After going full-steam for nearly a week, Friday is going to be a day of rest in East Clare.  I have some random thoughts to post tomorrow, and should hopefully have some pictures to share, but I’m definitely looking forward to a day of relaxation.

Ireland Day 5 – First Day in Dublin


We journeyed eastward to Dublin, finally arriving in the big city in the late morning.  After the 2.5 hour drive we successfully navigated our way to the hotel.  Driving into Dublin actually wasn’t as bad as we thought it would be, considering we drove through Galway rush hour a few days ago. If I were to compare Dublin to an American city I’ve been to, I would say that it seems like an older version of Boston.  There’s a lot of old architecture that’s still around a city defined by its history, but you see the modern elements that you find with many big cities.  The canal going down the middle of the city made for some pretty pictures along the Ha’penny Bridge.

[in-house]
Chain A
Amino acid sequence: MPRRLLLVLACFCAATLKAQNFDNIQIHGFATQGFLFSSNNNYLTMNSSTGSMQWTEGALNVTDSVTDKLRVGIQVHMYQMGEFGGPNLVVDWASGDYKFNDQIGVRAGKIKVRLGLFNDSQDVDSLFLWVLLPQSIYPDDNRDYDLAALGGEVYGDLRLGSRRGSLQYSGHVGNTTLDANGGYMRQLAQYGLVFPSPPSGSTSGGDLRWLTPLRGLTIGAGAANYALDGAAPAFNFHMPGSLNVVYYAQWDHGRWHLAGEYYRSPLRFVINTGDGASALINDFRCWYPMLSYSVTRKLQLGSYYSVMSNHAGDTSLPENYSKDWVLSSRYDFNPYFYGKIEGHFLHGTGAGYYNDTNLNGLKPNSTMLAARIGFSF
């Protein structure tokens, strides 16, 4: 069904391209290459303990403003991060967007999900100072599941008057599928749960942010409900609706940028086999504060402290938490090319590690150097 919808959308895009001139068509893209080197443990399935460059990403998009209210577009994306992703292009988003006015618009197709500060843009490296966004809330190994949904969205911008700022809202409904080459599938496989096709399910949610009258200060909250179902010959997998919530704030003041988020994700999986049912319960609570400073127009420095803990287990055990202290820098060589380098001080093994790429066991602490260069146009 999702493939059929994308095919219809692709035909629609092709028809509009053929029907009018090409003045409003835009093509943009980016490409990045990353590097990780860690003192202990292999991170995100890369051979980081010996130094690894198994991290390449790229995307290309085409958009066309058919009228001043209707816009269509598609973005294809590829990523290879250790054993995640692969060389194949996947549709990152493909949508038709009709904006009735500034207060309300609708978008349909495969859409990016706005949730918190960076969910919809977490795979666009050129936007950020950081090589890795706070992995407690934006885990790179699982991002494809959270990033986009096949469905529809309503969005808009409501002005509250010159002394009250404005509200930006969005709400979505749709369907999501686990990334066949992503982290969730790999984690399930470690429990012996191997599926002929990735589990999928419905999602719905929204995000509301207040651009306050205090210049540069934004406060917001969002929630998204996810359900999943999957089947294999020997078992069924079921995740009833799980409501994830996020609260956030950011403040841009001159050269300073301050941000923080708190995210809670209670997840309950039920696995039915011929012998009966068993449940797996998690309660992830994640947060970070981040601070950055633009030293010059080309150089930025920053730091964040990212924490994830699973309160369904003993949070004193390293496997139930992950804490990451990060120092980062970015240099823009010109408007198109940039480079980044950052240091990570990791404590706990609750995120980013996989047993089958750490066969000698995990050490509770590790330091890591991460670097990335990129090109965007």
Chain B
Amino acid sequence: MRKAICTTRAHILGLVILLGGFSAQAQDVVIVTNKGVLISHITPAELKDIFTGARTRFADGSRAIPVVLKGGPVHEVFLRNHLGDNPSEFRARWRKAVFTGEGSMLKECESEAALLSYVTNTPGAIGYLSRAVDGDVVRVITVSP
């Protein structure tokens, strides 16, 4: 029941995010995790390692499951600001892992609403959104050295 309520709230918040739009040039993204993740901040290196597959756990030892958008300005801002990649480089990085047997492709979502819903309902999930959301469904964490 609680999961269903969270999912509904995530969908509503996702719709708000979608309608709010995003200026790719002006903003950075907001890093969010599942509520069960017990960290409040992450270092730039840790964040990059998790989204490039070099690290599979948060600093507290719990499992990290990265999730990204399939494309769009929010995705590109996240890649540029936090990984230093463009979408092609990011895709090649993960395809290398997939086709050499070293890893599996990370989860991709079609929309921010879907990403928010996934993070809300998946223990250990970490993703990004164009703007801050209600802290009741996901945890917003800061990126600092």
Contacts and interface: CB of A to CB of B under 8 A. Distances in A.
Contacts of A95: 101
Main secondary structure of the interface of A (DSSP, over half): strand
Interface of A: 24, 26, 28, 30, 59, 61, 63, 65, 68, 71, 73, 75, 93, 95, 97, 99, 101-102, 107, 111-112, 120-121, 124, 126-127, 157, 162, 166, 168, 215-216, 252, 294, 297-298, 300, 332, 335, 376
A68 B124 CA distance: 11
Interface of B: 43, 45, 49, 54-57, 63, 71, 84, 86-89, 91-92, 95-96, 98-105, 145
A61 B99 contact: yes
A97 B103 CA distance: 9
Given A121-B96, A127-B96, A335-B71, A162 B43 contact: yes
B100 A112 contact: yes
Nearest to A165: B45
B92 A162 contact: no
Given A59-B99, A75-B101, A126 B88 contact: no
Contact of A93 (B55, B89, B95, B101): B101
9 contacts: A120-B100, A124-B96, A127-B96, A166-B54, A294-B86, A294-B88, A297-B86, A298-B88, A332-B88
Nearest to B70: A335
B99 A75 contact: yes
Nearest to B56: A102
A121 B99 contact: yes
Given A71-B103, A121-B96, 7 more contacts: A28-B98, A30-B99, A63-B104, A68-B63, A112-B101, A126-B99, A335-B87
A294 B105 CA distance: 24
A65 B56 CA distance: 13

In the middle of O’Connell Street there was a cool monument called The Spire of Dublin, which made for an awesome picture of the city.


The city was also a bit overwhelming, and it did take us a while to get acclimated with navigating the city, thus only got to do two big things on our first day: The Guinness Brewery and our music pub crawl.

The Guinness Brewery was basically “Beer Disneyland” and Willy Wonka’s Chocolate Factory rolled into one.  You end up touring the Storehouse, a multi-level museum of the brewery and the beer making process.  My Fort Collins micro-brewery tour experience had prepared me for understanding how beer is brewed, but it was fascinating seeing the way the elements were presented inside this big building. For the ingredient of water, they had an awesome fountain that made some for great pictures.